Lots of my photos could be called intimate landscapes because I focus attention on relatively small vistas. I like such imagery because it allows you to notice things – little details – that otherwise would pass you by. For example, this shot is of one small area directly under my desk where I work. The image highlights dirt marks around the empty plug and a slight budge in the lino flooring I’d not noticed until viewed in the photograph.
The image also shows a plaque Karen and I won a few years ago on a car rally in the lake district and the multiple plug points, but for me its main feature are the wires now needed to run a PC, router, printer, phone and all the other electrical gubbins we can’t do without creates its own sort of form. This vista, has, and no doubt will continue to change a lot, as technology moves on.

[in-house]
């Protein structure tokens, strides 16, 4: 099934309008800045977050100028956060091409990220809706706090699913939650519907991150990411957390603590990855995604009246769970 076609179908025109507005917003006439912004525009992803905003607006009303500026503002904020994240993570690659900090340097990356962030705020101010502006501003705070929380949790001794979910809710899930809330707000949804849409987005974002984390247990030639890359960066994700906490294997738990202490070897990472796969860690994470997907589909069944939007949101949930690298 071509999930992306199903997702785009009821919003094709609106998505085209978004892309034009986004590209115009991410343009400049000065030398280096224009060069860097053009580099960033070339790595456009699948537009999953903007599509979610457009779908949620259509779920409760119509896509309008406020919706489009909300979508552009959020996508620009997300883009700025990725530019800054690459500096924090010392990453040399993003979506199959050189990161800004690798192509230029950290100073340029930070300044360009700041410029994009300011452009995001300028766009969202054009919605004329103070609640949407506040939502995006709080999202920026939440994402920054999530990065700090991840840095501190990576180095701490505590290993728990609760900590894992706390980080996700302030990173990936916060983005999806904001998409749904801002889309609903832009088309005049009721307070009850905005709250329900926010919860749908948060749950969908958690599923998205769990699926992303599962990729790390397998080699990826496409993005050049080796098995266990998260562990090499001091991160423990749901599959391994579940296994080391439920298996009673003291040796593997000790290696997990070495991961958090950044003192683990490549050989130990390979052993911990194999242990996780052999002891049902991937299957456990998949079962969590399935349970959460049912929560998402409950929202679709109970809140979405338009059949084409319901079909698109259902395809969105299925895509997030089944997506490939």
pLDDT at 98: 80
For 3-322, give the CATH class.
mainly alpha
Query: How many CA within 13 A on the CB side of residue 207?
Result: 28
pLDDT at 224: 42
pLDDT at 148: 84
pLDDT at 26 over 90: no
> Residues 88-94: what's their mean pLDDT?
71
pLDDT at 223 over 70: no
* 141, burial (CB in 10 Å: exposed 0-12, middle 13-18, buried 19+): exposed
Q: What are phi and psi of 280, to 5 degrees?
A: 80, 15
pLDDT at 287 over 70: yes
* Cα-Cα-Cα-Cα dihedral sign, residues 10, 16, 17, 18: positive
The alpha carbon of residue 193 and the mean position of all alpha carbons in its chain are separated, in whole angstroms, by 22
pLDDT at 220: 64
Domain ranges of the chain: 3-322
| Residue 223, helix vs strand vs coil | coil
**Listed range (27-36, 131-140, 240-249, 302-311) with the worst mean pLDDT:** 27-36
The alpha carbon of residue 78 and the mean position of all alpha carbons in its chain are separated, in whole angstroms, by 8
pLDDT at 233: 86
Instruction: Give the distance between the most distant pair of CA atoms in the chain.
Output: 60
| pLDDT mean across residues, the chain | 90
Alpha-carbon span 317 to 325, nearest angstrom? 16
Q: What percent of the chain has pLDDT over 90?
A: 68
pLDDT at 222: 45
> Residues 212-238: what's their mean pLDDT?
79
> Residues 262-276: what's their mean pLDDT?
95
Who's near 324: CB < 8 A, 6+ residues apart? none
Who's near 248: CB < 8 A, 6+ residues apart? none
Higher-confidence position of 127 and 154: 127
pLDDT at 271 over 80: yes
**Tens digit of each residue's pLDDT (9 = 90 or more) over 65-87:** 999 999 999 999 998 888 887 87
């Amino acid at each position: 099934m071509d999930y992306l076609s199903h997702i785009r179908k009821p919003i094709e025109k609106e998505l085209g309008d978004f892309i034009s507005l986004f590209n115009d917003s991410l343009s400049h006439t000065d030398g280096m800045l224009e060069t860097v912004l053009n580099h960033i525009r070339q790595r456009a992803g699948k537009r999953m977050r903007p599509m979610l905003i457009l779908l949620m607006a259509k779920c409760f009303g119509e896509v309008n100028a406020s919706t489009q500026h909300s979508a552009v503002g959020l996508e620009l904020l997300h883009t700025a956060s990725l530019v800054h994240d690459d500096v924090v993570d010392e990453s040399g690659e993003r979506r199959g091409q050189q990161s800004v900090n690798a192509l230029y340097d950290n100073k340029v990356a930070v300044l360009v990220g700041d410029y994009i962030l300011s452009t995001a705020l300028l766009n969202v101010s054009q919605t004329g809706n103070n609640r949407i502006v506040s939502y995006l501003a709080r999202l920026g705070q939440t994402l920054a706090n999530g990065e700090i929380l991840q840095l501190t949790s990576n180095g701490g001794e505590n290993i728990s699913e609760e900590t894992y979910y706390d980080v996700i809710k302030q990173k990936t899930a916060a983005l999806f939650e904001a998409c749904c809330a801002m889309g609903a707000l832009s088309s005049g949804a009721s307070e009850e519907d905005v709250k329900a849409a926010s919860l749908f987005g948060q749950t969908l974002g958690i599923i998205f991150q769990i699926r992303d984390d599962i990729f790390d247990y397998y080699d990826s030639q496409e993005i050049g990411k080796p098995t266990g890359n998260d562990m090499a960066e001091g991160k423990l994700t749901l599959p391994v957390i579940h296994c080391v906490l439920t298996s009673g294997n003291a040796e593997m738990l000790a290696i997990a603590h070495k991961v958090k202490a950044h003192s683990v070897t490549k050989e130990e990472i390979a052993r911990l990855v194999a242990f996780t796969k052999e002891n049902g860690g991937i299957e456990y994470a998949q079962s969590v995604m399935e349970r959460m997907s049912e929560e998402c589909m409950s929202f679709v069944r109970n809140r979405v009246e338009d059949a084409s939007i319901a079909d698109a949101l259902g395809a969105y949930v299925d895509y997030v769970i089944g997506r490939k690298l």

The photo brought to mind two mind two people’s work: the first is Laura Letinsky’s images of tableware and leftover meals (Link). Her images are about family, love and so quite different in intent as my image is about time and place in history. But the main connection was of the wire’s resonance with Marcel Duchamp’s Sixteen Miles of String that he exhibited in the First Papers of Surrealism exhibition in New York in 1942. The string was wound across, between and on other exhibits and paintings and so obscured and changed the nature of the exhibits and viewers’ experiences but images of it show it as the object rather than it obscuring other exhibits. My photo of wires doesn’t quite achieve that, but the point of view and framing mean that they have become part of the vista and their form does play an important role as we look at them rather than let our eyes pass through them to something else, something more significant in the frame.